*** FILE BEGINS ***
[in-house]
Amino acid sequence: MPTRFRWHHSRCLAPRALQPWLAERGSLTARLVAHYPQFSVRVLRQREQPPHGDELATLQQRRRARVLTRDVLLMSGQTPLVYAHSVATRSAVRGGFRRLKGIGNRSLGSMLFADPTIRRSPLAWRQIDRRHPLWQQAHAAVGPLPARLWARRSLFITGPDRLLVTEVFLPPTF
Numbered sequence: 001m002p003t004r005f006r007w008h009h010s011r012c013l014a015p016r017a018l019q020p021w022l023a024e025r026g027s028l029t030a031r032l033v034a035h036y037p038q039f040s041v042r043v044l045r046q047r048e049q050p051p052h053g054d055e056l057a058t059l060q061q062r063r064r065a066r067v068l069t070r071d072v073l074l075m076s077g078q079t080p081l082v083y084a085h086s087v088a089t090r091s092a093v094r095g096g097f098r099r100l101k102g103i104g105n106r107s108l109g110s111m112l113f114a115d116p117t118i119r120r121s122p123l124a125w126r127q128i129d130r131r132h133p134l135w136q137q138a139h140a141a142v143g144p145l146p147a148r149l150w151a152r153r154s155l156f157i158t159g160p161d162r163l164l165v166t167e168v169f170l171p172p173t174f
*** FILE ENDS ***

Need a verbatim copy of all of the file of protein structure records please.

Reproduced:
[in-house]
Amino acid sequence: MPTRFRWHHSRCLAPRALQPWLAERGSLTARLVAHYPQFSVRVLRQREQPPHGDELATLQQRRRARVLTRDVLLMSGQTPLVYAHSVATRSAVRGGFRRLKGIGNRSLGSMLFADPTIRRSPLAWRQIDRRHPLWQQAHAAVGPLPARLWARRSLFITGPDRLLVTEVFLPPTF
Numbered sequence: 001m002p003t004r005f006r007w008h009h010s011r012c013l014a015p016r017a018l019q020p021w022l023a024e025r026g027s028l029t030a031r032l033v034a035h036y037p038q039f040s041v042r043v044l045r046q047r048e049q050p051p052h053g054d055e056l057a058t059l060q061q062r063r064r065a066r067v068l069t070r071d072v073l074l075m076s077g078q079t080p081l082v083y084a085h086s087v088a089t090r091s092a093v094r095g096g097f098r099r100l101k102g103i104g105n106r107s108l109g110s111m112l113f114a115d116p117t118i119r120r121s122p123l124a125w126r127q128i129d130r131r132h133p134l135w136q137q138a139h140a141a142v143g144p145l146p147a148r149l150w151a152r153r154s155l156f157i158t159g160p161d162r163l164l165v166t167e168v169f170l171p172p173t174f